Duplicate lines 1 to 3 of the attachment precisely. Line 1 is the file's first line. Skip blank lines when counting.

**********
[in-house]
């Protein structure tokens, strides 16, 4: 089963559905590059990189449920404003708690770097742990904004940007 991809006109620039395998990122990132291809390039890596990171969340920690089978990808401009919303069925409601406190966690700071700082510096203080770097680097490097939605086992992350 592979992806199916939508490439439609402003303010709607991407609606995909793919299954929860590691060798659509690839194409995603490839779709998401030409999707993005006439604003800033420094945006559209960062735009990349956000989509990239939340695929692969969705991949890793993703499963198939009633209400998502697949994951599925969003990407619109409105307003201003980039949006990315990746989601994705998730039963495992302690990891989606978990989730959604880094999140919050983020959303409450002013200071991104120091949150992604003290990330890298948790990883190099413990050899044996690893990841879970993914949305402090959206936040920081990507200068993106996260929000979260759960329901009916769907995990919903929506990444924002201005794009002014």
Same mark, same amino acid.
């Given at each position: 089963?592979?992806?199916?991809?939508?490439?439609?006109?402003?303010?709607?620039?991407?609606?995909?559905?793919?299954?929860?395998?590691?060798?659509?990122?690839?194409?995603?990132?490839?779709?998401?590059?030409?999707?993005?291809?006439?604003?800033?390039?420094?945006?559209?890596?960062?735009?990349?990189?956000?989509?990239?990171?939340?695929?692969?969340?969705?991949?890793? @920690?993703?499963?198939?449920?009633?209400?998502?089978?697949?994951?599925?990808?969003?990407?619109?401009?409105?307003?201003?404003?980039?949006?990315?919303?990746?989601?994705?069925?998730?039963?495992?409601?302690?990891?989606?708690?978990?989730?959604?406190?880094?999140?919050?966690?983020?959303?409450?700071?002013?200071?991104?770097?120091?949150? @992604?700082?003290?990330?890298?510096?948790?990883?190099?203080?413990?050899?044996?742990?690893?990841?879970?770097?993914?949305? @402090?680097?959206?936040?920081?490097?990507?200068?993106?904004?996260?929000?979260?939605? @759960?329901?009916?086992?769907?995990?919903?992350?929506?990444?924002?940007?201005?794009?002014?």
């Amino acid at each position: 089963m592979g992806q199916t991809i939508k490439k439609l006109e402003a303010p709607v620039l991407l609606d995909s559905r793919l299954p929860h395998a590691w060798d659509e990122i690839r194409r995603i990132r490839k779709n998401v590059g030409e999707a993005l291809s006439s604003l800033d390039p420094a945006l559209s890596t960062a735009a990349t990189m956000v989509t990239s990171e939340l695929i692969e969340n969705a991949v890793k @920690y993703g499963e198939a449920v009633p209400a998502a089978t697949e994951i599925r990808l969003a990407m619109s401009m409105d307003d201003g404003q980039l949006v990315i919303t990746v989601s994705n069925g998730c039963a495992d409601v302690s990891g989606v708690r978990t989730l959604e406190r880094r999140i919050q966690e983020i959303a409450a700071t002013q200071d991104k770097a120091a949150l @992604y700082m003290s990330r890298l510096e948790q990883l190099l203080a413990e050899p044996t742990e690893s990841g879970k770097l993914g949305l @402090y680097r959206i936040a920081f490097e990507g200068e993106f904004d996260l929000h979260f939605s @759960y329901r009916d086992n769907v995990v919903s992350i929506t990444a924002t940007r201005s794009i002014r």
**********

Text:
[in-house]
């Protein structure tokens, strides 16, 4: 089963559905590059990189449920404003708690770097742990904004940007 991809006109620039395998990122990132291809390039890596990171969340920690089978990808401009919303069925409601406190966690700071700082510096203080770097680097490097939605086992992350 592979992806199916939508490439439609402003303010709607991407609606995909793919299954929860590691060798659509690839194409995603490839779709998401030409999707993005006439604003800033420094945006559209960062735009990349956000989509990239939340695929692969969705991949890793993703499963198939009633209400998502697949994951599925969003990407619109409105307003201003980039949006990315990746989601994705998730039963495992302690990891989606978990989730959604880094999140919050983020959303409450002013200071991104120091949150992604003290990330890298948790990883190099413990050899044996690893990841879970993914949305402090959206936040920081990507200068993106996260929000979260759960329901009916769907995990919903929506990444924002201005794009002014």
Same mark, same amino acid.